‘It was pretty tricky growing up with dyslexia, because I thought I was clever, and I know that sounds like a silly thing to say, but I didn’t think I was stupid. Yet I obviously was stupid because I couldn’t read or write. I seemed like a bright little girl but all that brightness could never come out because I couldn’t spell anything. So the cat always sat on the mat, it never did anything else, and the day was always sunny, it could be nothing else because I couldn’t spell anything else.’
Sally Gardner is a talented and successful children’s author. She also has dyslexia. Her article in the Guardian is a reminder of the frustrations that face children and young people who don’t make that easy confident leap from hesitant decoding to reading for pleasure.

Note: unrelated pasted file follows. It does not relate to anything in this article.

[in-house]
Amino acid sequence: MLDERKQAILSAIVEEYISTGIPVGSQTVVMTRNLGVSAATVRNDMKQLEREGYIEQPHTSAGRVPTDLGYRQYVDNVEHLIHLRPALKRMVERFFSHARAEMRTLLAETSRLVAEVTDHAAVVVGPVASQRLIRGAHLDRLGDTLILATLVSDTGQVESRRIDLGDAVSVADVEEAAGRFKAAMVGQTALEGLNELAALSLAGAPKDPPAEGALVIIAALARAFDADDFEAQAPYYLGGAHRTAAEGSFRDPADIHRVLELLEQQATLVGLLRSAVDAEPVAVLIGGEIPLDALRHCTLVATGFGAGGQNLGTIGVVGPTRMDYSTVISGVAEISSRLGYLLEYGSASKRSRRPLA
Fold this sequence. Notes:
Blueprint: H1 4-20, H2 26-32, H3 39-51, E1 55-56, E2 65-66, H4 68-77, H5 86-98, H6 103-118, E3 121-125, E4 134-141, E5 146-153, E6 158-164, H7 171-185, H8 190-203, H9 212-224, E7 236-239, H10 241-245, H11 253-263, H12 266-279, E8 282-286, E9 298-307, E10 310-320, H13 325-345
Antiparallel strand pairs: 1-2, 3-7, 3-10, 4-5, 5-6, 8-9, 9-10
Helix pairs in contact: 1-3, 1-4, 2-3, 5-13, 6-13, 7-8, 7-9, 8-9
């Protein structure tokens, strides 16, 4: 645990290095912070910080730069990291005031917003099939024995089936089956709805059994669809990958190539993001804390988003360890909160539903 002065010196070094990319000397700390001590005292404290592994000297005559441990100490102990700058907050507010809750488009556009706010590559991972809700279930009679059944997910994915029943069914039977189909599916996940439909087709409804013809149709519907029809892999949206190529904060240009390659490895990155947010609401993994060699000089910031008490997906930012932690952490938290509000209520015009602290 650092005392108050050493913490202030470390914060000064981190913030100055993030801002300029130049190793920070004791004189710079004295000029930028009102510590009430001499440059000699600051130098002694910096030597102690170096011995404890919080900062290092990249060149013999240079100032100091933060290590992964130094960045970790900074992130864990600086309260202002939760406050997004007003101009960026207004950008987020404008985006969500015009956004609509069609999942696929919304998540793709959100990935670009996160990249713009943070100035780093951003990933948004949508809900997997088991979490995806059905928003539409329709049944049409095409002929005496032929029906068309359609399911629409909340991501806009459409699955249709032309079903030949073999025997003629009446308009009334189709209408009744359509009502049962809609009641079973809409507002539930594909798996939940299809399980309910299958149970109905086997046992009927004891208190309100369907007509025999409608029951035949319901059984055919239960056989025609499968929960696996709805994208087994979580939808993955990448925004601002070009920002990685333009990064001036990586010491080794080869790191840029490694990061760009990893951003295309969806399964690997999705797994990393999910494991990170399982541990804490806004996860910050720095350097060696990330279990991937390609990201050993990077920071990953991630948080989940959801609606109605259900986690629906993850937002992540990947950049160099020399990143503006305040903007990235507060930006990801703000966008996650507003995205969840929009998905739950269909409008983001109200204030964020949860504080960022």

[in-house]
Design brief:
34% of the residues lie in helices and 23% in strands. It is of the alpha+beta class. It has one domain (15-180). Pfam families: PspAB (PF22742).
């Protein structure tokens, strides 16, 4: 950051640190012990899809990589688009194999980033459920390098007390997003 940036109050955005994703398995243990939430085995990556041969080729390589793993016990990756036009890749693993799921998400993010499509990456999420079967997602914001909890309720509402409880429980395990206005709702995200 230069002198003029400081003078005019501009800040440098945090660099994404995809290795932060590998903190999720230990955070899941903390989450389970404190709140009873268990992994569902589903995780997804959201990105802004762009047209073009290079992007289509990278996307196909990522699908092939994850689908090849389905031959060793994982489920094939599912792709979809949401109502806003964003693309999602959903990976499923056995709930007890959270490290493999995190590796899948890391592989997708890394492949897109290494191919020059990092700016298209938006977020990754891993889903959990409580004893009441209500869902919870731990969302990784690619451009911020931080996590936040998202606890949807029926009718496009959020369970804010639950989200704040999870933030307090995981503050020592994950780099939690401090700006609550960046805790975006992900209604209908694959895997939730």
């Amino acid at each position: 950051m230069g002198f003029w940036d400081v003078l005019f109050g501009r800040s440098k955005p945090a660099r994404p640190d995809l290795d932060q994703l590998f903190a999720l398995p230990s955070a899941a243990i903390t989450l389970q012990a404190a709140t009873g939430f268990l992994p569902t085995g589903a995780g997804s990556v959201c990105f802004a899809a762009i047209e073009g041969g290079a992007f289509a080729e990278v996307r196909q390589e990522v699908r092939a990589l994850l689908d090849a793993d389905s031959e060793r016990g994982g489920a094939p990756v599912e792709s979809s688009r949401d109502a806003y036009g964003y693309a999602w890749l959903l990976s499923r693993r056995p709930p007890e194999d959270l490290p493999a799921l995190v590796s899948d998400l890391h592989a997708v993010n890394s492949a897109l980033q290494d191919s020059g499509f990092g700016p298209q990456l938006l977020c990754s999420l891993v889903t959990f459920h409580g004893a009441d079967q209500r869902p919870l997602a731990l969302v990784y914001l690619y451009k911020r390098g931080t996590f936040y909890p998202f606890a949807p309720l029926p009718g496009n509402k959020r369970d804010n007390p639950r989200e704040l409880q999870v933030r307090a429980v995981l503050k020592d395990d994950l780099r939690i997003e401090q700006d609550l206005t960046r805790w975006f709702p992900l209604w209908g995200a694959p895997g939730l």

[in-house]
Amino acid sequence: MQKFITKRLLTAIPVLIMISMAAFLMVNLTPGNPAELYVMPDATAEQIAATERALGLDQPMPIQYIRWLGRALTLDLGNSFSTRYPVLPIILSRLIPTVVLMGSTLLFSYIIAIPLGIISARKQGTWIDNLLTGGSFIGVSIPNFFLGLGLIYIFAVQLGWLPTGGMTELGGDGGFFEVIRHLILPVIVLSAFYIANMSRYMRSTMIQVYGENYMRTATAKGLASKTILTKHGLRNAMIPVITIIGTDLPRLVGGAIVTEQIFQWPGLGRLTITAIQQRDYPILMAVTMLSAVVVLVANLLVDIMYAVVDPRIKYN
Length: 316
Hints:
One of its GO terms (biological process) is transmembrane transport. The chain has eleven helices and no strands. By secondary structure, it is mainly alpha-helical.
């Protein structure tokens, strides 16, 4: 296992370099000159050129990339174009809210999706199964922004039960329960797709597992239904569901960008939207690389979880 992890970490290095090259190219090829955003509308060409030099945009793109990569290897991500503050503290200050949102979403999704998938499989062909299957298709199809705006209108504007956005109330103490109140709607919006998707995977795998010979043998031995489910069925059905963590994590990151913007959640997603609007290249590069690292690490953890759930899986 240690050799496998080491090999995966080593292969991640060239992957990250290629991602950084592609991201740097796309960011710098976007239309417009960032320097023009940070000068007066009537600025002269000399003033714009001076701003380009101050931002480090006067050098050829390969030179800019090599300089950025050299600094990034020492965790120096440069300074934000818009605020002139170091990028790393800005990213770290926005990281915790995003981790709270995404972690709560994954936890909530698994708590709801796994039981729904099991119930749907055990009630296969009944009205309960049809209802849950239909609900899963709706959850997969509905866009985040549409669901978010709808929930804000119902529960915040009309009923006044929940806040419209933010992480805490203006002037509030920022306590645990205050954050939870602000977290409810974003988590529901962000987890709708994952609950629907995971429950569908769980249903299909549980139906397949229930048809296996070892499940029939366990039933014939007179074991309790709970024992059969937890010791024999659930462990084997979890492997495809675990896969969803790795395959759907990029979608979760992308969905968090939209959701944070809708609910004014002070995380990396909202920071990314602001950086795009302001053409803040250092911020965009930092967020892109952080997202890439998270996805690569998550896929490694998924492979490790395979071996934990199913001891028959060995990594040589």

Stuck in the foothills of reading, they are sophisticates in a land of Lilliputians. They know that tigers can be camouflaged in dense vegetation but for them, ‘the cat always sat on the mat, it never did anything else.’ They are judged on a skill not on their knowledge.
If teachers do nothing else this Dyslexia Week, respect the innate intelligence of children who struggle with reading. For at least a few hours each week let their imagination and vocabulary soar.